What causes fruits and vegetables to rot?

Fruits and vegetables are living breathing organisms. As you may hear me say, “when you pick an apple it is not dead”. Enzymatic activity continues; leading to maturation, ripening and eventual decay. During this process, plant tissue gets softer due to breakdown of pectin and other structural components. Enzymatic activity can be reduced by cooling quickly following harvest.   

Why does my vegetables get soggy when I freeze and thaw them at home? 

During freezing, ice crystals grow within and outside of plant cells. If the crystals become too large they can rupture the cells, resulting in leakage of water and sogginess after thawing. To prevent this, commercial manufacturers use rapid freezing methods such as blast freezing to cool frozen fruits. This rapid cooling prevents any large ice crystal growth that would normally cause cell damage. Domestic refrigerators freezes food slowly resulting in cell rupture and sogginess after thawing. Hence, if you don’t have a flash freezer (which is very expensive) it is best not to freeze your own fruits and vegetables (unless you don’t mind the soggy texture).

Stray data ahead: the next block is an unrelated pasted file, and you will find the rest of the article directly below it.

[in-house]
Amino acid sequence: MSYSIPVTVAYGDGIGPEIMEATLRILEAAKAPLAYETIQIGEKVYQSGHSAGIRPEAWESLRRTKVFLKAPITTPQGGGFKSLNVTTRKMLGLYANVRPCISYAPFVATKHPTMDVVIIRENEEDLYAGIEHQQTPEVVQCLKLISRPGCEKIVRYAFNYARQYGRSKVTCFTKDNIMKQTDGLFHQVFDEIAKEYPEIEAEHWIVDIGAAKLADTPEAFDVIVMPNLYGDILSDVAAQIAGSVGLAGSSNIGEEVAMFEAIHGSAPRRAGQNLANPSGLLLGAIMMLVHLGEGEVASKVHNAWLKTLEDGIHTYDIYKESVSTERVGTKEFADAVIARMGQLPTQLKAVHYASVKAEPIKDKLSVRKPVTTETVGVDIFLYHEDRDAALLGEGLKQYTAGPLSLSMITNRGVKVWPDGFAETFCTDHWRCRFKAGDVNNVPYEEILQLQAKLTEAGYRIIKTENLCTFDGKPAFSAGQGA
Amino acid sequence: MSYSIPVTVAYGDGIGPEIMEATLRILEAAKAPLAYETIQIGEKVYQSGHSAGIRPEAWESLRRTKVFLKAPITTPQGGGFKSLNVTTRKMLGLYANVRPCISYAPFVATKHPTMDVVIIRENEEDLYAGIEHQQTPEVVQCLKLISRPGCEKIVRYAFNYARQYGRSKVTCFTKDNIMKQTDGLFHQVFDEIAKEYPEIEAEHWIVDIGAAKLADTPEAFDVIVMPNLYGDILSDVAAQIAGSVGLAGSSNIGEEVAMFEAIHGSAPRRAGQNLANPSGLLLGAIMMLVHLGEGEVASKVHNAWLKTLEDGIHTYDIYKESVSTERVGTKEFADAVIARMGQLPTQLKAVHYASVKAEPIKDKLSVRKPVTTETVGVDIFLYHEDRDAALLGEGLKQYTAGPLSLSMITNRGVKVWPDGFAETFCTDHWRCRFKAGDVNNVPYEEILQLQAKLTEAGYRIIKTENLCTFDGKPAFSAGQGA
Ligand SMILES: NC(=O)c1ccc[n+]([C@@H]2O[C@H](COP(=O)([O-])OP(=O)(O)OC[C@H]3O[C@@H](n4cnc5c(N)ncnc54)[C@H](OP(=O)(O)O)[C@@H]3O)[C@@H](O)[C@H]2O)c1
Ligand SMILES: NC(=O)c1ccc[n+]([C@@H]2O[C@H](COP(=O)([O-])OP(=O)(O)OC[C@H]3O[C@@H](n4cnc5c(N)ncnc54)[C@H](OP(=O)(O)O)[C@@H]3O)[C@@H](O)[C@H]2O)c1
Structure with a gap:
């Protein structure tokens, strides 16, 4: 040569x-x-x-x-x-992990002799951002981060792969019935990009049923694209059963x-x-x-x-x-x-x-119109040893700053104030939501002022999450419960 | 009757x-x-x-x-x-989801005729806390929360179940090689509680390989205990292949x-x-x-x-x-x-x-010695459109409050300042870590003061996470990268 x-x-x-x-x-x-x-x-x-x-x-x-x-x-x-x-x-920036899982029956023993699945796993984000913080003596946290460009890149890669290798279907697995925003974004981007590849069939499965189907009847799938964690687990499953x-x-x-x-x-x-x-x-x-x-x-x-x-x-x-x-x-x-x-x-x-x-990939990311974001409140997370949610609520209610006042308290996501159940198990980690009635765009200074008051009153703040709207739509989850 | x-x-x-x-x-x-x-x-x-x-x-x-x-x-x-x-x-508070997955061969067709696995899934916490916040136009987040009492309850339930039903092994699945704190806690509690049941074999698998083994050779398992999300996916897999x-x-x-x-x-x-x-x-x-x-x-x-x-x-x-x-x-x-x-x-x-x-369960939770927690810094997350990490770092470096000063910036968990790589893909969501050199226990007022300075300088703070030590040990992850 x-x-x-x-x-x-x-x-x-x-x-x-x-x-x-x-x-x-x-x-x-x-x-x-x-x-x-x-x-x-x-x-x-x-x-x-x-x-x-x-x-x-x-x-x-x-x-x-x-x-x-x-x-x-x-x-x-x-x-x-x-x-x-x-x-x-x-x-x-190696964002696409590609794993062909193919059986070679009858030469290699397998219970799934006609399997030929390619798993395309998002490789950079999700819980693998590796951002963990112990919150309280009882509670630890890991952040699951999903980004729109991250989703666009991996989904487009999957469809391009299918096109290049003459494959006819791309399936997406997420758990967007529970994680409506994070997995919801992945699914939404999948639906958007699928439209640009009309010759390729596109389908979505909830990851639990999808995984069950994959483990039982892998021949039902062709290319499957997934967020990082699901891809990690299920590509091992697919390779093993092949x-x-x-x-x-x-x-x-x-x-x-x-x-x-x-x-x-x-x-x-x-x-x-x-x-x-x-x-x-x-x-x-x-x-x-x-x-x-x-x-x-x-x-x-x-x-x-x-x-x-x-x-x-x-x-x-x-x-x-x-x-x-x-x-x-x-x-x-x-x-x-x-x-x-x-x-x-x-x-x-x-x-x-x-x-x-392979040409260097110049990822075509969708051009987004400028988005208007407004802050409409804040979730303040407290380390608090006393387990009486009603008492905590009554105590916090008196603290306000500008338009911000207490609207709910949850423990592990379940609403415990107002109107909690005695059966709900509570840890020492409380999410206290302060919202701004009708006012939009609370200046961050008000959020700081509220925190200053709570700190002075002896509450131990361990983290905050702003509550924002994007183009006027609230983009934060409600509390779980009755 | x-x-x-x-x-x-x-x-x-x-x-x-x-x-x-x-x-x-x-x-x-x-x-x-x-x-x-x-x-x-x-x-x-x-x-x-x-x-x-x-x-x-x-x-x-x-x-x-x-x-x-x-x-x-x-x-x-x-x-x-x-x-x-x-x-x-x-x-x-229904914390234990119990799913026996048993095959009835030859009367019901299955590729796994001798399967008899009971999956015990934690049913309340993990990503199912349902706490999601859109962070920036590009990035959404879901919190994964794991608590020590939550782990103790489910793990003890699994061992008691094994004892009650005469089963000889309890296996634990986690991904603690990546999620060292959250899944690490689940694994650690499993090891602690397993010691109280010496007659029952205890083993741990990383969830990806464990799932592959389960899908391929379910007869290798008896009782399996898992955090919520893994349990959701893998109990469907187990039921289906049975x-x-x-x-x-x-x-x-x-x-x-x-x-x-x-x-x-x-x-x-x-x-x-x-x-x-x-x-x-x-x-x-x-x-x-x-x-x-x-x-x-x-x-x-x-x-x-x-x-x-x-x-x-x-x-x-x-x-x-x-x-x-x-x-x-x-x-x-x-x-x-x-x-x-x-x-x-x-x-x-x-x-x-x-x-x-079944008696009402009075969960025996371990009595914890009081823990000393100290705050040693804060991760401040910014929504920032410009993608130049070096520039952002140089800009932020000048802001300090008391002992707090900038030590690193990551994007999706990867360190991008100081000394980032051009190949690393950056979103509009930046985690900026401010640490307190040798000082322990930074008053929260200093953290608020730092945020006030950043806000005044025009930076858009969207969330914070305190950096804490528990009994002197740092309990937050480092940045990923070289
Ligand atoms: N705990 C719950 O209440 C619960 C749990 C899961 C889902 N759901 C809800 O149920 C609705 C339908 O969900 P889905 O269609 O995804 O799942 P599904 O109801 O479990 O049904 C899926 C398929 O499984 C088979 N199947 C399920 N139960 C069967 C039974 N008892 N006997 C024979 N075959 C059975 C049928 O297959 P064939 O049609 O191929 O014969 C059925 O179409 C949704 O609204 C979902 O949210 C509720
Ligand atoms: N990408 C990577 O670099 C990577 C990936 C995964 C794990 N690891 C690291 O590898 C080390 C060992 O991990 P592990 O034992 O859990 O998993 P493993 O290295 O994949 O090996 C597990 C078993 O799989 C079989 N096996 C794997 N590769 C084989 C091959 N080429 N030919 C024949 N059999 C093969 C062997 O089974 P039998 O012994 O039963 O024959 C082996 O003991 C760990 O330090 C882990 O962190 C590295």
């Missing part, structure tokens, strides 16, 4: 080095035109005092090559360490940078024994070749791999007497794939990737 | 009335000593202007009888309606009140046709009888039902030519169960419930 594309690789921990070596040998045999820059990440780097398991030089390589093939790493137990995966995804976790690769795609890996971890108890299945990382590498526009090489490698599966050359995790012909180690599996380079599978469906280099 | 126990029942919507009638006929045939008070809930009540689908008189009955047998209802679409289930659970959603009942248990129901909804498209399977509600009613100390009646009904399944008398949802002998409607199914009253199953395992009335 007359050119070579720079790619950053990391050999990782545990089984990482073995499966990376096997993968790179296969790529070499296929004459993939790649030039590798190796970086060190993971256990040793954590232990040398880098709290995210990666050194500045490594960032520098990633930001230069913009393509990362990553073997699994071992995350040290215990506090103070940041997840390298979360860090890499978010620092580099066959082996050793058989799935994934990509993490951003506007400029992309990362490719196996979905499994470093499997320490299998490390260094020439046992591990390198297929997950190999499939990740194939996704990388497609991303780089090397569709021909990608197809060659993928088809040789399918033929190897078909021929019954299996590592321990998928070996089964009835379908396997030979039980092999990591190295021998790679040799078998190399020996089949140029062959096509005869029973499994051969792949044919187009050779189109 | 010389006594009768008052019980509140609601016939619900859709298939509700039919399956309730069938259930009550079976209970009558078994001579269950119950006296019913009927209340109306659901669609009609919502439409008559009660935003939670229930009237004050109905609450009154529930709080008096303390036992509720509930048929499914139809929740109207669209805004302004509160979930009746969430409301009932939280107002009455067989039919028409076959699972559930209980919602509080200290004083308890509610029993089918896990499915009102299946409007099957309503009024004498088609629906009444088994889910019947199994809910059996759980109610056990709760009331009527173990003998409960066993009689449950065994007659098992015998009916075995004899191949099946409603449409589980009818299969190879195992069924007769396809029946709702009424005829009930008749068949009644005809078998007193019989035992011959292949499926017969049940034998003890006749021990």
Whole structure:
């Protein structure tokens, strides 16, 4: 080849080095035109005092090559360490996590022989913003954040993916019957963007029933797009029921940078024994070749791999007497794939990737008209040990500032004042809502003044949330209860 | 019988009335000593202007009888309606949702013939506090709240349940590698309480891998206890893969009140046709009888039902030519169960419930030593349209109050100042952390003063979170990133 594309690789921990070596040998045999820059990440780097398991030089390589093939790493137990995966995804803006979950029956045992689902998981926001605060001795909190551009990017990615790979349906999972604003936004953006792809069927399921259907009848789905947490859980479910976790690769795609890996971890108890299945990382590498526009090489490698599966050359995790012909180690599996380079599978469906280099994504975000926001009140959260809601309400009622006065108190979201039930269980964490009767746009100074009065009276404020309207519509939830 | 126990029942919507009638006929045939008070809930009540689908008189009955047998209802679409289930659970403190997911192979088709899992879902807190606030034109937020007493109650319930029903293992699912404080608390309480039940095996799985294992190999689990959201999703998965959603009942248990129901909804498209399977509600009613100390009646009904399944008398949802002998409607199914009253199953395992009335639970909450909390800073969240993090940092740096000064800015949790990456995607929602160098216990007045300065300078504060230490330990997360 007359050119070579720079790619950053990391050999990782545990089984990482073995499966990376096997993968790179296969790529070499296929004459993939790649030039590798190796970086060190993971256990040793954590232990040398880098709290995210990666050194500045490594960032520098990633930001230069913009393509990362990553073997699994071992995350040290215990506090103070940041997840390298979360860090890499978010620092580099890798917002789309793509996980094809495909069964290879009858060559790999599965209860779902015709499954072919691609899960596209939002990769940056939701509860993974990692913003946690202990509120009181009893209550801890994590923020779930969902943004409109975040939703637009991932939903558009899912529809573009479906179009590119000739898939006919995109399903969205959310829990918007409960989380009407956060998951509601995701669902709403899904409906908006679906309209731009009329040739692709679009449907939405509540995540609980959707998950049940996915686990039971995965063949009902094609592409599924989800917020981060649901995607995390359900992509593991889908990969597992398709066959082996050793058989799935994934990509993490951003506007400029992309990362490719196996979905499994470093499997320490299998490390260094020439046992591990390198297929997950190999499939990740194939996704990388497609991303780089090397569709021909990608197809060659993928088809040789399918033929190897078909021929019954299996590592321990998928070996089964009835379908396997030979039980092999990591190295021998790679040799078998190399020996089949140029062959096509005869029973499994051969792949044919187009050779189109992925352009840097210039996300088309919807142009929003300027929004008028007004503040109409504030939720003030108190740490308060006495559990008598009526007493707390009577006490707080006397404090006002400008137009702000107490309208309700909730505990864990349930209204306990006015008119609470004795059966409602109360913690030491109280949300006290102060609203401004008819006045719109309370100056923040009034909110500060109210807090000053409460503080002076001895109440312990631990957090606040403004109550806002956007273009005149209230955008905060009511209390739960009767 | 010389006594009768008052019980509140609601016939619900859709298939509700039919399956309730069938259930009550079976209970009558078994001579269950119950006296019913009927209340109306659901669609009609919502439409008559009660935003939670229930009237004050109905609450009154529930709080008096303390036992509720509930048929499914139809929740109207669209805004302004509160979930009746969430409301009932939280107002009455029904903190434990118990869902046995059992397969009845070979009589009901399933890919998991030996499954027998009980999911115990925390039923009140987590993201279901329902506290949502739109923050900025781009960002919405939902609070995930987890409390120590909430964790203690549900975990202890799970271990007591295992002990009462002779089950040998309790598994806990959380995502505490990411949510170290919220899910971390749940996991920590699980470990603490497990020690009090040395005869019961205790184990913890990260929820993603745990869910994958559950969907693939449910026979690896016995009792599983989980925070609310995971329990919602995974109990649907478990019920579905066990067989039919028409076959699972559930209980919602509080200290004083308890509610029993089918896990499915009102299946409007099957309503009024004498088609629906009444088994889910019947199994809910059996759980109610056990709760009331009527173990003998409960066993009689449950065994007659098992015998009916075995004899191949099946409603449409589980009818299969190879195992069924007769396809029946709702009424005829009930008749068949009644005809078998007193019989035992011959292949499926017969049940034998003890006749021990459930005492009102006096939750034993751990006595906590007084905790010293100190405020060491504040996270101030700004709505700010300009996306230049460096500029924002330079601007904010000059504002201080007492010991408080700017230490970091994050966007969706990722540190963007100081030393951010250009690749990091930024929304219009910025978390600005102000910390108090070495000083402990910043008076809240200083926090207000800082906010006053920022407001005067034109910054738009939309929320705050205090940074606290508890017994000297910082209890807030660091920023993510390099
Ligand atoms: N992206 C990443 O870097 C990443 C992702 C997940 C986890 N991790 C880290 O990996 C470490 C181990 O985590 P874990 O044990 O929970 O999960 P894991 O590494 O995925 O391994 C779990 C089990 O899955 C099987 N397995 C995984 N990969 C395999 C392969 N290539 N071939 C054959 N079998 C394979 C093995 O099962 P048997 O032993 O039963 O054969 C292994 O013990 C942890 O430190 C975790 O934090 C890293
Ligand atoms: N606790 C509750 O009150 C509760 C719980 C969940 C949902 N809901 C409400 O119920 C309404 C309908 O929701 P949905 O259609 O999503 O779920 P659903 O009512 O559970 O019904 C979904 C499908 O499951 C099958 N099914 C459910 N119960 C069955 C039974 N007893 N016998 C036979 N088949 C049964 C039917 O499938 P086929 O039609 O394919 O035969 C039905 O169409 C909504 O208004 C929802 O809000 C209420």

Why is my jam so runny? 

The setting of jams is affected by sugar concentration, acid concentration, and pectin content. The function of the pectin is to entrap all the jam components into a gel. A disadvantage of pectin however is that it has a negative charge at pH >3.5. This causes them to push away from each other. Adding acid neutralizes this pH, preventing repulsion. The function of the sugar is to trap water and hence cause the pectin to be pulled closer to each other, trapping everything in its path into a meshy gel. Hence, a loose gel could be because:

  1. pectin content is too low
  2. pH is too high (not enough acid)
  3. too much water was added
  4. sugar content is too low, causing the gel matrix to be too watery
  5. the jam was not cooked long enough to boil out excess water 
  6. you agitated (shaked) the jam before it set

Hence the key to making a good jam is to follow the recipe

Courtney Simons
Courtney Simons is a food science professor. He holds a BS degree in food science and a Ph.D. in cereal science from North Dakota State University.